This bronze age stone circle is situated in a woodland clearing high on Stanton Moor, Derbyshire England. The curious arrangement consists of nine upright stones purposefully set in an about 9-meters diameter circle and an additional lone stone sits about 30 meters away. As with most stone circles, nobody really knows why it was built and, of course, generations of fertile imaginations have come up with their own mythological explanations. According to a popular local legend, nine young maidens danced at the Sabbath to the tunes played by a lone…

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Drangurinn Rock and the Elves in South-Iceland Folklore

Drangurinn rock is a mysterious giant tuff rock formation that sits below the Eyjafjöll Mountains in the south of Iceland. However, according to Icelandic folklore, it did not get there naturally, but It is said that a semi-legendary outlaw tore it from Mount Hrútafell and dropped it just there. According to the story, a strongman named Grettir Ásmundsson once passed through this area in a bad mood. In his rage, he grabbed a handful of the mountain and flung it westwards onto the lowlands. The rock he threw down is…

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Pozzo del Diavolo: was this cave created by Hercules’s wrath, the devil, or volcanic activity?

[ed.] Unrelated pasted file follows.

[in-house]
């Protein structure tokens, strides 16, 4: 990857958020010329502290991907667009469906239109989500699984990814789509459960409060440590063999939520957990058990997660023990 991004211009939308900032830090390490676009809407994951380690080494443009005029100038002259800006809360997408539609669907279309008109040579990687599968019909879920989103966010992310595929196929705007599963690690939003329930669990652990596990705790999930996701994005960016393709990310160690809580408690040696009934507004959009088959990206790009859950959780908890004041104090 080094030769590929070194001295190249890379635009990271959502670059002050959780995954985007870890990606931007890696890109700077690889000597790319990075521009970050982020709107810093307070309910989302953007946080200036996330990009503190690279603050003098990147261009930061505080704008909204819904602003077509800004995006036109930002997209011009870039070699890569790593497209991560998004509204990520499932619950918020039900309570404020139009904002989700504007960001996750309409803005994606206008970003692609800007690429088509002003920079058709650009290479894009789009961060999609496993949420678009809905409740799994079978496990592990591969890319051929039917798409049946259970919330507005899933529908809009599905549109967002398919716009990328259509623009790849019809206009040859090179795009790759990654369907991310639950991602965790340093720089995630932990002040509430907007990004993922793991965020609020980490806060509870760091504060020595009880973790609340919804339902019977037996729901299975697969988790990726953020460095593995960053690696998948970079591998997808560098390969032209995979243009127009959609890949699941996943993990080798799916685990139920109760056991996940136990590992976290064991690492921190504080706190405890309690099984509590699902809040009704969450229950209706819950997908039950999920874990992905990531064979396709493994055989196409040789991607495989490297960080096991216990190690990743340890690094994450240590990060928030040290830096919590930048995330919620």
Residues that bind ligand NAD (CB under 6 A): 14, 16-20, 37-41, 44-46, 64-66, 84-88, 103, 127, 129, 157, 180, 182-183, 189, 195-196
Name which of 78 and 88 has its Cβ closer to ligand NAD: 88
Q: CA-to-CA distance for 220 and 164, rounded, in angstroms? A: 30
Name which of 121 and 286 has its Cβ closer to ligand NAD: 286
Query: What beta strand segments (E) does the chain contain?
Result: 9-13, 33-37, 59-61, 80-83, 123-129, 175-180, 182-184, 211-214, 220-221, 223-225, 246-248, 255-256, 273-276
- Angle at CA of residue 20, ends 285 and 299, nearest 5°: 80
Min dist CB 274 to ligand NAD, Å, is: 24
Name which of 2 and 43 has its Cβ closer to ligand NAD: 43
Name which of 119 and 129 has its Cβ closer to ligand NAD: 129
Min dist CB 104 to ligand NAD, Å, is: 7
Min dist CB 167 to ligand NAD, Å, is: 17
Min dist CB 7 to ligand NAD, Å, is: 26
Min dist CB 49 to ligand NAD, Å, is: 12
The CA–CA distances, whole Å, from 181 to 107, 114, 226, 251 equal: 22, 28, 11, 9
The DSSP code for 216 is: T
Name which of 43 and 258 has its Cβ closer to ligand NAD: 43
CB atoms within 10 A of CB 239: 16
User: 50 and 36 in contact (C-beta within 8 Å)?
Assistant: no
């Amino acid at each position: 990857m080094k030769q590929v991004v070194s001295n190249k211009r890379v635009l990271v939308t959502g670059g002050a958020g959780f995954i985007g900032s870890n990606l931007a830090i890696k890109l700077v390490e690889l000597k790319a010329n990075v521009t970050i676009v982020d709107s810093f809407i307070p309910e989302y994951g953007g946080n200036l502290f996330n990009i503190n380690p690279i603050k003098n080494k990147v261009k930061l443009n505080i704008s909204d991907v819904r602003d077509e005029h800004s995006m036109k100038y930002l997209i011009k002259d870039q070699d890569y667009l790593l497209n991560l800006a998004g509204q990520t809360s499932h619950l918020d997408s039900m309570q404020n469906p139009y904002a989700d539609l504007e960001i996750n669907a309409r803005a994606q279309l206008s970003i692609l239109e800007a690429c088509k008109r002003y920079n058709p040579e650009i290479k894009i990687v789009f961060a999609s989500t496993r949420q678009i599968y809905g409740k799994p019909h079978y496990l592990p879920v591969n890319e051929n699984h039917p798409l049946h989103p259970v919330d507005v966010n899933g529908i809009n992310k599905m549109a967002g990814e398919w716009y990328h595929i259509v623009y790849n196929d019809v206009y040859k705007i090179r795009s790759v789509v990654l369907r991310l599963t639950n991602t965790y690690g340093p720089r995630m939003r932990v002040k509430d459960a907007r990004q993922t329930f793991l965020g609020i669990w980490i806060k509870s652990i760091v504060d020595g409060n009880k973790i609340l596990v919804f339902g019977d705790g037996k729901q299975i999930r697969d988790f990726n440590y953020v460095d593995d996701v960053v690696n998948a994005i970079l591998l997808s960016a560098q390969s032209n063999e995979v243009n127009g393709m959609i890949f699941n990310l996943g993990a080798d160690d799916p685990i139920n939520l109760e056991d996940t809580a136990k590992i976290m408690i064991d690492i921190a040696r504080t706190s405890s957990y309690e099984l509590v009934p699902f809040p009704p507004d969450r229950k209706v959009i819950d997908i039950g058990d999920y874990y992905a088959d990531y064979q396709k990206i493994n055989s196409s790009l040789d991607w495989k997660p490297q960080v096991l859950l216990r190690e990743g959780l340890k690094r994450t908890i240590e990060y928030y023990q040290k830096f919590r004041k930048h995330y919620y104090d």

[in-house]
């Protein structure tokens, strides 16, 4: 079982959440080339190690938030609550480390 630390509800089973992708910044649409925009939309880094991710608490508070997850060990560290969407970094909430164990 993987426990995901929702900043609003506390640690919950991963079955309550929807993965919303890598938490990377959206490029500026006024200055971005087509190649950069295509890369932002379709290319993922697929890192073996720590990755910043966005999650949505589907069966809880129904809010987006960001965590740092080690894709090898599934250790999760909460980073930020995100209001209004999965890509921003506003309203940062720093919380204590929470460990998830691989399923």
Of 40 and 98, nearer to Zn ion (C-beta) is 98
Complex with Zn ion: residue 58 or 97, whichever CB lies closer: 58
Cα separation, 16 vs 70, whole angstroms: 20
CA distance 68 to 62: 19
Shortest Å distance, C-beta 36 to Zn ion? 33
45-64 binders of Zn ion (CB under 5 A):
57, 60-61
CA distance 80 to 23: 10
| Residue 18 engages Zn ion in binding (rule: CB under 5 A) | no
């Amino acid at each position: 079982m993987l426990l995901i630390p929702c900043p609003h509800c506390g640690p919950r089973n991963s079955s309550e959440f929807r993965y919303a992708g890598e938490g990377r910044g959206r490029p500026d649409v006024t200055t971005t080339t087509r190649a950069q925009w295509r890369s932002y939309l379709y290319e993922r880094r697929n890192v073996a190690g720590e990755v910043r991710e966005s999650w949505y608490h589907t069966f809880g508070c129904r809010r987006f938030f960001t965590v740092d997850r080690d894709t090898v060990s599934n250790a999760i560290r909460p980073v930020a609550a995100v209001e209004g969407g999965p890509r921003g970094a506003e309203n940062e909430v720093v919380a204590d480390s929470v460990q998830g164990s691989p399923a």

We are in Italy, in Lazio region, above Vico Lake in the beautiful beech forest of Monte Venere, part of the UNESCO’s Primeval Beech Forests of Europe transnational network of protected sites. At 507 meters above sea level, Lake Vico is the highest volcanic lake in Italy and the beech forest of Monte Venere is among the lowest in the country (most beech forests are located above 900 meters). Thanks to its peculiar natural characteristics, the lake offers a rich variety of plant species and different environments, allowing the life…

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Roche Rock Hermitage: a ruined 15th-century hermitage steeped in myth and mystery~

Roche, in cornish dialect “Tregarrek”, which mean homestead of the rock, is a civil parish and village in mid-Cornwall, United Kingdom. Atop a 20-meters-tall tourmaline granite, outcrop looking out at the atmospheric Bodmin Moor and china clay mountains of St. Austell, stands a suggestive ruined hermitage. Built around 1409, it is dedicated to Saint Michael and has been surrounded by myth and mystery for hundreds of years. The hermitage has two floors, with the top room originally serving as the chapel. Although the west wall is all but gone, the…

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Travelers Monument: one of the most curious parts of the journey on the Mojave Road, California~

The Mojave Road, is a historic route across what is now the Mojave National Preserve in the Mojave Desert in the United States. This rough road stretched 147 miles (237 km) and today has become a famous trek for off-road enthusiasts. The Old Mojave Road was first used by Native Americans, then Spaniards, and later early American settlers to make their way west through the dangerous Mojave Desert. The traveler’s Monument is one of the most curious parts of the journey on the Mojave Road. This large pile of rocks…